BUILDing Strong Foundations

What We're Reading This Week at BUILD - May 29

5/29/2017 12:00:00 AM
Posted by: Build Initiative

Systems Building

Family Support

  • Center for the Study of Social Policy: Balancing ACEs with HOPE (Health Outcomes of Positive Experiences) This paper reports on four recent, population-level surveys that demonstrate the effect of positive experiences in childhood on health outcomes in adulthood. The Health Outcomes of Positive Experiences (HOPE) framework is beginning to quantify the positive experiences and relationships that build resilience, promote healthy outcomes and counteract risk and adversity that children may face. 

Health and Mental Health

  • USA Today: Health care advocates say the Trump budget plan would gut Medicaid Advocates for low income people struggled to find the words to describe the likely effect of the proposed $800 billion in cuts proposed to Medicaid in the Trump administration's budget released Tuesday.
  • USA TODAY: Obamacare replacement threatens kids' health coverage The nearly $1 trillion in federal cuts to the Medicaid program approved by House Republicans threaten the record success getting these children covered by insurance and on a path to healthier lives, health experts warn. Their angst is magnified by the Sept. 30 deadline for CHIP reauthorization, which some worry will be used as a bargaining tool to get the House-passed American Health Care Act (AHCA) through the Senate.
  • NPR: As GOP Tarries On Health Bill, Funding For Children's Health Languishes One of the immediate casualties is the renewal of the Children's Health Insurance Program. CHIP covers just under 9 million children in low- and moderate-income families, at a cost of about $15 billion a year.
  • Nemours Children’s Health System and the Health, Medicine and Society Program of the Aspen Institute: Supporting Parents to Help Children Thrive. The paper highlights that a multi-pronged strategy that builds upon contributions from key stakeholders in the public and private sectors is essential to improving outcomes for parents and children.
  • Child Trends: Health Insurance Coverage Improves Child Well-Being When children have health insurance, they are more likely than uninsured children to be healthy and to get medical care. They are also more likely to have improved outcomes related to education and economic security that benefit society as a whole.
  • NPR: When Schools Meet Trauma With Understanding, Not Discipline Crocker College Prep is now one of five New Orleans charter schools in a collective to become more trauma-informed. That means Crocker aims to account for the social, emotional and behavioral needs of all students, and their lives outside of school.

Racial Equity

  • Public Counsel:  Despite Calls for Change, Inequities Persist in Regional Center Purchase of Services, Funding Base A longstanding issue in California has been the documented disparities in purchase of services for ethnic and racial groups of children with developmental disabilities served by the state's 21 Regional Centers. A just-issued study from Public Counsel highlights the minimal progress that has been made toward equity despite legislative calls for change over several years. Advocates are seeking support for Assembly Bill 1610 , which addresses a number of related Regional Center issues. Read the recommendations in Public Counsel's full report, including the need for a change in how Regional Centers are funded. The research was funded by the Lucile Packard Foundation for Children's Health.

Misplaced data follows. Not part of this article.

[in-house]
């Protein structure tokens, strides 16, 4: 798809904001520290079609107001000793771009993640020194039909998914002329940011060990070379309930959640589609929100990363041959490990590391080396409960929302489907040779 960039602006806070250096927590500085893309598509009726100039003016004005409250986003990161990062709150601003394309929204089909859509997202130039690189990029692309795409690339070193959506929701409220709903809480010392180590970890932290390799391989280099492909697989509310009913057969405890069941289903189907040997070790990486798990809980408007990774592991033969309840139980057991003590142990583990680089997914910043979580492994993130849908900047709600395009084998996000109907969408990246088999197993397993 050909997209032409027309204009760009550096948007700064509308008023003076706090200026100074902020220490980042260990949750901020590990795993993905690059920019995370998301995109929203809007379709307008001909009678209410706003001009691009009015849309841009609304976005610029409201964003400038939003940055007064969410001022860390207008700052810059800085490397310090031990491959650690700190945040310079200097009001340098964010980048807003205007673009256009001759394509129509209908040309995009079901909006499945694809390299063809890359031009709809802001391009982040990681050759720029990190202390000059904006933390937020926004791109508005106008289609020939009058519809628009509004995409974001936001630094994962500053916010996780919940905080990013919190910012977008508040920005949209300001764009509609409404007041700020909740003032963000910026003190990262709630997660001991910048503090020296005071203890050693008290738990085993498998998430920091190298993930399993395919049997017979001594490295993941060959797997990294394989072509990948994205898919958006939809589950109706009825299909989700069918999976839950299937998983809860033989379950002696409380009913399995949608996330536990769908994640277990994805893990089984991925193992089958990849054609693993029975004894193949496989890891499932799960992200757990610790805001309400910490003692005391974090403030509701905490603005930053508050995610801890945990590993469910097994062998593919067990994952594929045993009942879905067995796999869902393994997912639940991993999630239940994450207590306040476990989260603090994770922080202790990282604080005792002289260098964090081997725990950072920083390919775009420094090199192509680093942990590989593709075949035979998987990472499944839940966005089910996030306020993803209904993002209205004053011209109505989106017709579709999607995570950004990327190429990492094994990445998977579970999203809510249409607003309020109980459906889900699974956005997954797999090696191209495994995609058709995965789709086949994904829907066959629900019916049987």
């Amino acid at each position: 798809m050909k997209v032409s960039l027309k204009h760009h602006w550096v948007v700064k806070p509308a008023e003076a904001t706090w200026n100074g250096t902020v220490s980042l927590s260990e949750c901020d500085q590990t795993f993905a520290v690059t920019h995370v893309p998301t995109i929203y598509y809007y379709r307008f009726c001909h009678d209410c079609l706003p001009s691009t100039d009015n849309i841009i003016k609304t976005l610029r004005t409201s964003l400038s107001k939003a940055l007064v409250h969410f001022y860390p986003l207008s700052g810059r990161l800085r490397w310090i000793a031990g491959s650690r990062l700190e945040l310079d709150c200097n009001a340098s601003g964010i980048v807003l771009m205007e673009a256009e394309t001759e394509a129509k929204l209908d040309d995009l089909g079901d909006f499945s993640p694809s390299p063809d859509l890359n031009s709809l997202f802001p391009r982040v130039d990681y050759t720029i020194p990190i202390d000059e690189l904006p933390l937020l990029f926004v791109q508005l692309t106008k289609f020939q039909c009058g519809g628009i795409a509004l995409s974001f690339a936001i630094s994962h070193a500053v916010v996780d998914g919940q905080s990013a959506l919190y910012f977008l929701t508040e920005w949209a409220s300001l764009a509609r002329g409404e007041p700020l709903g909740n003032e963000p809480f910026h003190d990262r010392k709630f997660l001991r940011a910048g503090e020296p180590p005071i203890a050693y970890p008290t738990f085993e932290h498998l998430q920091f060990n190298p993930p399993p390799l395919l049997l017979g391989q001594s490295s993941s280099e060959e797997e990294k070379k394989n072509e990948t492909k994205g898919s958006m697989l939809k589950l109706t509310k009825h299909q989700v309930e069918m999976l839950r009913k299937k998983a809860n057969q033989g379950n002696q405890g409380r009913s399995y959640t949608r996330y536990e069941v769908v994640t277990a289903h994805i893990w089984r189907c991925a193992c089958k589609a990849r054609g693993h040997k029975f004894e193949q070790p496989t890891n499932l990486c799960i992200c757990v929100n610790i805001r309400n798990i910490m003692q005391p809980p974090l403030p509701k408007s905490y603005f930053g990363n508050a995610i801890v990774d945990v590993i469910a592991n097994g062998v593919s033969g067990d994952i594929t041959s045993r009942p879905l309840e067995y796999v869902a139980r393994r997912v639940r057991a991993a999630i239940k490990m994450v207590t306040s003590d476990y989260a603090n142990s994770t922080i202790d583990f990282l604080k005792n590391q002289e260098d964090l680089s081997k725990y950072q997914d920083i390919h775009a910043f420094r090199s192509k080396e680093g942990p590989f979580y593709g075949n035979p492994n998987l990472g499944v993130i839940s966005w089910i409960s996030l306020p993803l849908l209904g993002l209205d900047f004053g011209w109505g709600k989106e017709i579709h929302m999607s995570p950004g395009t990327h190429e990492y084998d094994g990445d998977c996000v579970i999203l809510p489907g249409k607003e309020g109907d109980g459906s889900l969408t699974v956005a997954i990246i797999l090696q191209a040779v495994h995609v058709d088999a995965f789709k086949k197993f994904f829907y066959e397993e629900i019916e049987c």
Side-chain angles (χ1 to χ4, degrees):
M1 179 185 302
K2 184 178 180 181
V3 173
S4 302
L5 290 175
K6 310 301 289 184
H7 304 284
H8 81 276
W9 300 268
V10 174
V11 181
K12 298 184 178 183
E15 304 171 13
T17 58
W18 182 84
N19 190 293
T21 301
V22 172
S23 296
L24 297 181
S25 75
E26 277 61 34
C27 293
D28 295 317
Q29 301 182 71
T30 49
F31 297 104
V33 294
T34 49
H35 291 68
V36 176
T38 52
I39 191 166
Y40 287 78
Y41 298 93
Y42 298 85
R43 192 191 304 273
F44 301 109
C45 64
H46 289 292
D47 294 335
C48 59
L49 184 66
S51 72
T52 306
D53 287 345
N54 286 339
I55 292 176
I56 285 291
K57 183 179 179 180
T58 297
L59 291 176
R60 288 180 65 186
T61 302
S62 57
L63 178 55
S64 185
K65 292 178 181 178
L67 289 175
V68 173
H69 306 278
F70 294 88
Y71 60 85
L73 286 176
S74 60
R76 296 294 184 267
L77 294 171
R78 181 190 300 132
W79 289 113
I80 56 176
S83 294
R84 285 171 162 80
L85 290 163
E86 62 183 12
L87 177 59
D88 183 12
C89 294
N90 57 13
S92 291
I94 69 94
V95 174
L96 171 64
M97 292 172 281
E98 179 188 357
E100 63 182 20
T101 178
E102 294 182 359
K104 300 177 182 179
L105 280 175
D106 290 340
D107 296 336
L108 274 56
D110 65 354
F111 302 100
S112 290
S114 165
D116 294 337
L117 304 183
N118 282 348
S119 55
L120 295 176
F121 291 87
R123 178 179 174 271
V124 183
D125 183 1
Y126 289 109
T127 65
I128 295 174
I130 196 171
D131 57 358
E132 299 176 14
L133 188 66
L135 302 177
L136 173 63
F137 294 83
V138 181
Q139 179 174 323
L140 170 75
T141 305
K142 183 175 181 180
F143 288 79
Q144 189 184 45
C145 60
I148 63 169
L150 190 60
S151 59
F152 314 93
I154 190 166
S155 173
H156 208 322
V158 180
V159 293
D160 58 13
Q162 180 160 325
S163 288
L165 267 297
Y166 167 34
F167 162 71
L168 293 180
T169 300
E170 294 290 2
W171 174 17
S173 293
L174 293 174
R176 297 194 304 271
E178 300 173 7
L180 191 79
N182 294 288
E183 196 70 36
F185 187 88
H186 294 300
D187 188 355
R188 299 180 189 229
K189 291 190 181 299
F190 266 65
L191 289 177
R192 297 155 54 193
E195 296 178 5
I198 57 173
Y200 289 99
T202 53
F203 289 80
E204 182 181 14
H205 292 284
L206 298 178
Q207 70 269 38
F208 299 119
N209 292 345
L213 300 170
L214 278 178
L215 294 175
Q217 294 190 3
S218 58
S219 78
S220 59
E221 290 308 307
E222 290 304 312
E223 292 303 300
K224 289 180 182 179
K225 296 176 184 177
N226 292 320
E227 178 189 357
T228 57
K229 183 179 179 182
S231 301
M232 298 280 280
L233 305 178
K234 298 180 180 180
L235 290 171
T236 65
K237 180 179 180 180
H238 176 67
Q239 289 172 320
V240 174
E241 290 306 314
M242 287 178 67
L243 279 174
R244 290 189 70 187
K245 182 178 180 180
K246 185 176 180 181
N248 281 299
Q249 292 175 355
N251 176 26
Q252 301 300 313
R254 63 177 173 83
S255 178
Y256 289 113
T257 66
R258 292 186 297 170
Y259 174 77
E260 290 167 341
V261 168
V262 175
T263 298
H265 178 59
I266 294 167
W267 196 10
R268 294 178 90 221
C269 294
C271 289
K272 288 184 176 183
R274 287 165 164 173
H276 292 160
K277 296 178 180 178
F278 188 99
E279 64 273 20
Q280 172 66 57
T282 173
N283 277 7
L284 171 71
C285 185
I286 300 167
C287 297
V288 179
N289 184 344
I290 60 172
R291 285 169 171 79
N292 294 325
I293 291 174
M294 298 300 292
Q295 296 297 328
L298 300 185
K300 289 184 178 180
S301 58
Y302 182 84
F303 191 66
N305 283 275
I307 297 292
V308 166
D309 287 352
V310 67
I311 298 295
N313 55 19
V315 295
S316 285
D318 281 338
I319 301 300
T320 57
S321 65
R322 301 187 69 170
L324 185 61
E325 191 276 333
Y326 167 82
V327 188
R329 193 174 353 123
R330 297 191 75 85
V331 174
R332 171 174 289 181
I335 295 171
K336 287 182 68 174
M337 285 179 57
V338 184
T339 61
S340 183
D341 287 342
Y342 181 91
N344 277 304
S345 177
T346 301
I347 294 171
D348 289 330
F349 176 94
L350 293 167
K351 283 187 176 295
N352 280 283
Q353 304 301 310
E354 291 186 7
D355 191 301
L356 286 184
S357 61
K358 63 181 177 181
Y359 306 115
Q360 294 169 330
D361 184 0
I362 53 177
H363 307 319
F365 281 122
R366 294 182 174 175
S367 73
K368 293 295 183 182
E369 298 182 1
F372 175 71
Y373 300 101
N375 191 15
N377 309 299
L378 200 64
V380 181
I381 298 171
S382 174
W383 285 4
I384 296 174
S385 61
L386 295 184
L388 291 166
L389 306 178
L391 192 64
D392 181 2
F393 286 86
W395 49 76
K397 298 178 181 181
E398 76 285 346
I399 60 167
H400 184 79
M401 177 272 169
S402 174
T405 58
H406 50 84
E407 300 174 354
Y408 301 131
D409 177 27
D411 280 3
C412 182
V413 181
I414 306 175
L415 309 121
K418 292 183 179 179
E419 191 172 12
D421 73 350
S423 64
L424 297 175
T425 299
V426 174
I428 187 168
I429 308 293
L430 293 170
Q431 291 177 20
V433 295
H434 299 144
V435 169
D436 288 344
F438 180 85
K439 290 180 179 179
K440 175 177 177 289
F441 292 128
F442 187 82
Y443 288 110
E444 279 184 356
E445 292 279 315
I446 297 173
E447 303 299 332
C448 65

Early Learning

  • NIEER: The 2016 State of Preschool Yearbook The report finds FY 2015 was a turning point, representing a recovery from the Great Recession with state pre-K funding, enrollment, and quality standards all improving. Yet, as more states have moved forward to offer high quality pre-K to all, children in other states that continue to do little or nothing are left even further behind. Looking back over 15 years, progress has been great (doubling enrollment), but uneven, creating growing inequality. As a result early educational opportunity varies dramatically across the nation by zip code.
  • PBS NewsHour: A record number of kids now attend public preschool, so why has inequality grown? NIERR’s 2016 report was released on Wednesday, showing mixed results.. While a record number of states are providing public preschool, 43 plus Washington D.C. and Guam, inequality has grown over the last decade, as access to pre-K and the quality of the programs themselves vary significantly from state to state.

 

 

 

 

 

 

 

 

 

 


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